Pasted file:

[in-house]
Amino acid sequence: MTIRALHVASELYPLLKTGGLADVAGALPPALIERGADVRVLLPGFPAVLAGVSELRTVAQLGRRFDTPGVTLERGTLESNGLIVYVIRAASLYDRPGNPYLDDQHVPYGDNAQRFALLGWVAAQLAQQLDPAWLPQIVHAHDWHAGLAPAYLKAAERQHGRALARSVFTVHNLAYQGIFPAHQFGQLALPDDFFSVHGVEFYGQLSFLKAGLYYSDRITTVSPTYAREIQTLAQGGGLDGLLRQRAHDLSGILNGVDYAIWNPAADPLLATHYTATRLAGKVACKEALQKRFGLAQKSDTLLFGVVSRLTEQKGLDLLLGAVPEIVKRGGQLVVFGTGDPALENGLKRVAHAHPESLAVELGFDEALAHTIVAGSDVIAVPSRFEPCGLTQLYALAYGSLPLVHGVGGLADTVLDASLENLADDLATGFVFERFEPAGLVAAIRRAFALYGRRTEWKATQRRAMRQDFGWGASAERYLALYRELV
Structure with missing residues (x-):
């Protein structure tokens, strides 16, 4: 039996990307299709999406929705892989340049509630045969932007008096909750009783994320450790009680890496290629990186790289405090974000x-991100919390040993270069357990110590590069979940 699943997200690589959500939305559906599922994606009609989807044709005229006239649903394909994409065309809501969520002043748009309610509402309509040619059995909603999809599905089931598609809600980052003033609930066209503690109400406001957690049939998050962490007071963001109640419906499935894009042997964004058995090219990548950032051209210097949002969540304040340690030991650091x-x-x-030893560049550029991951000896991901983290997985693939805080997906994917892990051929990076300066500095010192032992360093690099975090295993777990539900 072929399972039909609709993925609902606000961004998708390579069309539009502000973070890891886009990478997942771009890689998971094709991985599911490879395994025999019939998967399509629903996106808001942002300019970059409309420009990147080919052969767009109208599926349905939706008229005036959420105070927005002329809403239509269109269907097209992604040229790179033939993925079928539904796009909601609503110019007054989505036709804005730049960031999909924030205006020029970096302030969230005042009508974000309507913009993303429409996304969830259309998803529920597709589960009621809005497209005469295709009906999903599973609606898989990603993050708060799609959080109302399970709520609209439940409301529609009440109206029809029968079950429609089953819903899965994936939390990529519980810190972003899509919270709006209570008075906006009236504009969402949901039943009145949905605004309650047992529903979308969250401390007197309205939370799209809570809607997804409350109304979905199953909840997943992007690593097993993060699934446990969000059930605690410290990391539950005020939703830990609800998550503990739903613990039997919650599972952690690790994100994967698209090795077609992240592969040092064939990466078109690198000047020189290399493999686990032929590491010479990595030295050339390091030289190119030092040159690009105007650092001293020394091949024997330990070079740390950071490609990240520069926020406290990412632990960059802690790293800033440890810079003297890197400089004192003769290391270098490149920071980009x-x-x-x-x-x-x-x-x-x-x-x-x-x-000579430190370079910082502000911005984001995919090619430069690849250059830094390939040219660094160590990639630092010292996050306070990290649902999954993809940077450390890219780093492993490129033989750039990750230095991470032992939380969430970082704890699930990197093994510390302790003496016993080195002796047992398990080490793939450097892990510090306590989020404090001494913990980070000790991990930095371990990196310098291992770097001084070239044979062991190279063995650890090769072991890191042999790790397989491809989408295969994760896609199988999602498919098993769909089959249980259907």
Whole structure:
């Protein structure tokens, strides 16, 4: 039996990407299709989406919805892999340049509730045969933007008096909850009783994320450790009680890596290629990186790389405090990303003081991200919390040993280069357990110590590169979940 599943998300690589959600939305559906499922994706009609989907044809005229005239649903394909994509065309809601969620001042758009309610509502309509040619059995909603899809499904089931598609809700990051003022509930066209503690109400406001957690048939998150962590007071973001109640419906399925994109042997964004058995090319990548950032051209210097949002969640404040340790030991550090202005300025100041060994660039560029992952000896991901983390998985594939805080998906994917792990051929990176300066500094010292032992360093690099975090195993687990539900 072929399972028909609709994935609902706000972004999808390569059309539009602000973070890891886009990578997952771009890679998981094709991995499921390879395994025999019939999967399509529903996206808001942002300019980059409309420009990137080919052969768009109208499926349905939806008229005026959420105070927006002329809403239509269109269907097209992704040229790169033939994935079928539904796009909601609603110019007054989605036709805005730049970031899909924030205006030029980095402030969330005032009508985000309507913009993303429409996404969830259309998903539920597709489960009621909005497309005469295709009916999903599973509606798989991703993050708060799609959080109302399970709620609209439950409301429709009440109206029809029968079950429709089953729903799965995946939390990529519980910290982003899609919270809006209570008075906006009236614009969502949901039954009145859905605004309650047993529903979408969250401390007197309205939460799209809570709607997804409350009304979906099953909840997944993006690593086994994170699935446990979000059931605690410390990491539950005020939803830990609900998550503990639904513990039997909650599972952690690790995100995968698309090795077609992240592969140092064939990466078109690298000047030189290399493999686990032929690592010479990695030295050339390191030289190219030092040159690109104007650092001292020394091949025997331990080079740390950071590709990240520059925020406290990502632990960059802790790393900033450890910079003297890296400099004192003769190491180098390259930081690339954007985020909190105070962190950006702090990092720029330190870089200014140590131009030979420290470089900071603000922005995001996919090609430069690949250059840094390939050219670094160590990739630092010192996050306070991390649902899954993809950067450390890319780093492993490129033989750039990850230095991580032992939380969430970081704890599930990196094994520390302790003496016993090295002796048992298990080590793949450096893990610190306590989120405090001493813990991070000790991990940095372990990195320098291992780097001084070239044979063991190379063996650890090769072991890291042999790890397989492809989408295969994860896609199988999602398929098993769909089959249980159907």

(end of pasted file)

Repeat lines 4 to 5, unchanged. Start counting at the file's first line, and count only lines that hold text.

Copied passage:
């Protein structure tokens, strides 16, 4: 039996990307299709999406929705892989340049509630045969932007008096909750009783994320450790009680890496290629990186790289405090974000x-991100919390040993270069357990110590590069979940 699943997200690589959500939305559906599922994606009609989807044709005229006239649903394909994409065309809501969520002043748009309610509402309509040619059995909603999809599905089931598609809600980052003033609930066209503690109400406001957690049939998050962490007071963001109640419906499935894009042997964004058995090219990548950032051209210097949002969540304040340690030991650091x-x-x-030893560049550029991951000896991901983290997985693939805080997906994917892990051929990076300066500095010192032992360093690099975090295993777990539900 072929399972039909609709993925609902606000961004998708390579069309539009502000973070890891886009990478997942771009890689998971094709991985599911490879395994025999019939998967399509629903996106808001942002300019970059409309420009990147080919052969767009109208599926349905939706008229005036959420105070927005002329809403239509269109269907097209992604040229790179033939993925079928539904796009909601609503110019007054989505036709804005730049960031999909924030205006020029970096302030969230005042009508974000309507913009993303429409996304969830259309998803529920597709589960009621809005497209005469295709009906999903599973609606898989990603993050708060799609959080109302399970709520609209439940409301529609009440109206029809029968079950429609089953819903899965994936939390990529519980810190972003899509919270709006209570008075906006009236504009969402949901039943009145949905605004309650047992529903979308969250401390007197309205939370799209809570809607997804409350109304979905199953909840997943992007690593097993993060699934446990969000059930605690410290990391539950005020939703830990609800998550503990739903613990039997919650599972952690690790994100994967698209090795077609992240592969040092064939990466078109690198000047020189290399493999686990032929590491010479990595030295050339390091030289190119030092040159690009105007650092001293020394091949024997330990070079740390950071490609990240520069926020406290990412632990960059802690790293800033440890810079003297890197400089004192003769290391270098490149920071980009x-x-x-x-x-x-x-x-x-x-x-x-x-x-000579430190370079910082502000911005984001995919090619430069690849250059830094390939040219660094160590990639630092010292996050306070990290649902999954993809940077450390890219780093492993490129033989750039990750230095991470032992939380969430970082704890699930990197093994510390302790003496016993080195002796047992398990080490793939450097892990510090306590989020404090001494913990980070000790991990930095371990990196310098291992770097001084070239044979062991190279063995650890090769072991890191042999790790397989491809989408295969994760896609199988999602498919098993769909089959249980259907």
Whole structure: